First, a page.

I found this really heartening, to learn that less toxic alternatives are available – since some of the chemicals used in the hydro-fracking fluids, and in the flowback water from drilling are known carcinogens or endocrine disruptors, and more than 40,000 gallons of fracking fluids can be used in a single well. Companies like Frac Tech are using orange citrus to replace some solvents, and palm oil in place of a slicking agent that is prohibited in Europe but still allowed in the US. Beginning in 2003, many companies have replaced Diesel as a common ingredient in fracking fluid with mineral oil in response to pressure from the EPA. Apparently less toxic alternatives not only exist, but are required for the fracturing fluids used in offshore drilling. “Both European law and the regulations of the U.S. Minerals and Management Services dictate that chemicals used in the North Sea and the Gulf of Mexico must be safe enough that they won't kill fish and other organisms if they are dumped overboard. 'You can always do it,' said BJ Services' Dunlap, whose company has been a leader in innovating sustainable materials. But, Dunlap said, the chemistry costs more, and is justifiable to his shareholders only because the regulations for offshore drilling left no choice." (Pro Publica)
Let’s get back to the precautionary principle- if we had really taken a good look at the hydro-fracking process - if we had looked before we lept, and if finding the least harmful solution had been a goal, I wonder if some of the horror stories we hear from towns like Dimmick PA could have been prevented. If we had used the precautionary principle and sat down with all involved parties in an open democratic fashion and found the examined the full range of alternatives, I have to imagine that Dimmick residents would not be in litigation today, trying to prove that the chemicals now in there drinking water are there as a result of hydro fracking.
What if folks in our communities became as pro-active as those towns in Colorado? What if we sat down with neighbors and gas companies and discussed the alternatives? Currently Hydro-fracking is exempt from both clean air and clean water acts, so there is nothing in the law to require gas companies to use the least harmful methods. But what if now, at the start of the drilling in our region, we negotiated the least harmful way to do this drilling here in our eco-system, in our watershed, in our human community? Said Michael Freeman, an attorney for Earth Justice: “there is no escaping some damage from drilling. But if the best available precautions were routinely followed, environmental harm could be minimized and the industry may face less resistance from the public as it taps the vast new gas deposits that have been discovered in recent years”
Hydro-fracking is a complex process that will have many different impacts on the eco-systems and communities it inhabits. I have focused here only on fracking fluid, but there is also the flow back fluid, and the emissions that will effect our air. And while we have some information about each of these chemicals taken on their own, the Supplemental Generic Environmental Impact Statement (SGEIS) on the drilling says there is not good information about long term non-lethal and interlocking effects. Current environmental law says that if science can’t prove beyond a reasonable doubt that hydro-fracking can be document to have caused harm, they can use these processes until it is proven conclusively. 50 years it took the cigarette industry. We can’t afford to wait that long to slow down a process that might be harmful, and that certainly involves chemicals that have been proven harmful in other situations. And of course there are effects beyond the toxins- How will the fracking impact the geology and seismic activity? How do new industries impact local economies, effect things like housing and municipal infrastructure? Our Shale Network group had 4 pages full of impacts we thought bore further exploration before we finally had to bring our list to a close when we ran out of paper and time.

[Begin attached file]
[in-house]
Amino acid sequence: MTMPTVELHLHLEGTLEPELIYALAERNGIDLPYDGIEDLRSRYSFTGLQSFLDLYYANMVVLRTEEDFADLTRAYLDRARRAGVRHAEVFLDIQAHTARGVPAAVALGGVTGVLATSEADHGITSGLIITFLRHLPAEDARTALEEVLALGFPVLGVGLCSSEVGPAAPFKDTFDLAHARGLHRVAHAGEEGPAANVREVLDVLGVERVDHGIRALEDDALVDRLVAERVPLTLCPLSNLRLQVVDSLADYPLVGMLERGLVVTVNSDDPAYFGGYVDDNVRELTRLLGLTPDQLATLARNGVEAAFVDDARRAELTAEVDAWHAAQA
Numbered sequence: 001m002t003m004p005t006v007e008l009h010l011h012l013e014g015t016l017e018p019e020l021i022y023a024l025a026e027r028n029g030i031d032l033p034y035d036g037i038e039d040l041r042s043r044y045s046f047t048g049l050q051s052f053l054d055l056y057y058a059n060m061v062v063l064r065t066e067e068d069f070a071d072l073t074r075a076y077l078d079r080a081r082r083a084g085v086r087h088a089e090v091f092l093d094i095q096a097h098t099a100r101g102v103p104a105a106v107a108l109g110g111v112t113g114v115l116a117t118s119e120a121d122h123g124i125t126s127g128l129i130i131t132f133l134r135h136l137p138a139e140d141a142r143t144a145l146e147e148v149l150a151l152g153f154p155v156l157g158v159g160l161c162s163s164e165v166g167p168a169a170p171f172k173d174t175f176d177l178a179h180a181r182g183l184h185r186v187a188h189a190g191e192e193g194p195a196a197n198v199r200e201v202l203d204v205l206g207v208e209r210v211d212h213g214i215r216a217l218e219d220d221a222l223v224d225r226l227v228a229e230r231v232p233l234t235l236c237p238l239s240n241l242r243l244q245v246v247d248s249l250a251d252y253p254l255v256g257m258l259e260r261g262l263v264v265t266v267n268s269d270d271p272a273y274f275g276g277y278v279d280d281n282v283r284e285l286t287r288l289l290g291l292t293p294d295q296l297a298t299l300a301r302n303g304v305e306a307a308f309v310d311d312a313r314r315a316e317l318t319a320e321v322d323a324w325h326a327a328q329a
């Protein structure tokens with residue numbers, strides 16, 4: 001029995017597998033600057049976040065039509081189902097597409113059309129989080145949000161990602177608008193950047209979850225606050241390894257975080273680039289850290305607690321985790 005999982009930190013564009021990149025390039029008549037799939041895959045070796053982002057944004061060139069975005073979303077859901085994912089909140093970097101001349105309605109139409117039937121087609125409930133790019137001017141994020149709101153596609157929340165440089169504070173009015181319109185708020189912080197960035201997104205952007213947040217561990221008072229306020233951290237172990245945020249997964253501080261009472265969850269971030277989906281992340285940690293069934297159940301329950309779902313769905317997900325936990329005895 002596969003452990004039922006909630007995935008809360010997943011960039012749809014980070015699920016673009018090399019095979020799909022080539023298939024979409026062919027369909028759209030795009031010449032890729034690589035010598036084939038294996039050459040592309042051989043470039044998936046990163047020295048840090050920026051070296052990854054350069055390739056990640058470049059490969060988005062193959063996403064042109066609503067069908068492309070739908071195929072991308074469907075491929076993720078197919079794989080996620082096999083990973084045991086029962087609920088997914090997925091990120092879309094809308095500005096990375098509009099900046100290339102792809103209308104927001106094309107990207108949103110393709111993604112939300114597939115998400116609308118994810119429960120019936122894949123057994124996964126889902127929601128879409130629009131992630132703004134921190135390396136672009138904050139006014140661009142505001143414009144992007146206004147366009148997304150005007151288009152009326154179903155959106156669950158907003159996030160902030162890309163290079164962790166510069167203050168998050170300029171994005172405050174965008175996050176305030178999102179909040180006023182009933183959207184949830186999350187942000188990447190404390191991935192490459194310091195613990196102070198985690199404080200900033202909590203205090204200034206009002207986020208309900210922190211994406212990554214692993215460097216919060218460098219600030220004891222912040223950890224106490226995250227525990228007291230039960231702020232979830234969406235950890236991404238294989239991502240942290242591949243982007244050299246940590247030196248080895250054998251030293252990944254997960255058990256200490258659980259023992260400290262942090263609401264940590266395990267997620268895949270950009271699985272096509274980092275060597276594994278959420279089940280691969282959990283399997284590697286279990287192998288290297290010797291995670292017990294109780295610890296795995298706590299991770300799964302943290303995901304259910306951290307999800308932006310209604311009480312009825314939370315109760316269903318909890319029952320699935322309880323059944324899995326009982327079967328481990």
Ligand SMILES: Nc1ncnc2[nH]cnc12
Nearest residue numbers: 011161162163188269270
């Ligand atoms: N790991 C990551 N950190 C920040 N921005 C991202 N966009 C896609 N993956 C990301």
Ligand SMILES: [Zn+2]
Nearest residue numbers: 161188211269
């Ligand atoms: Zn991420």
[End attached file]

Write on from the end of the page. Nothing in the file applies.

Natural Gas drilling is a reality in Bradford County, but we are just at the beginning of what will current estimates project to be a 25-50 year process. Now is the time for the Precautionary Principle, for a little forecaring. Now is the time for an ounce of prevention. If we think there could be a risk of harm to the eco-system, to our drinking water, to our land, let’s slow down, bring together all the involved parties, and seek out the alternatives that will do the least harm. Like mom always said, “better safe than sorry.”
WHITE PAPER: The Precautionary Principle and the City and County of San Francisco March 2003.
“Science & Environmental Health: Carolyn Raffensperger”
THE PRECAUTIONARY PRINCIPLE IN THE REAL WORLD By Peter Montague
Tompkins weekly, v. 4 No. 15 “Proposed Well Draws Concern” by Sue Smith-Heavenrich
"Underused Drilling Practices Could Avoid Pollution" by Abrahm Lustgarten, ProPublica - December 14, 2009 12:00 am EST
Rachel’s Environment & Health News #770 “Environmental Justice and Precaution” by Peter Montague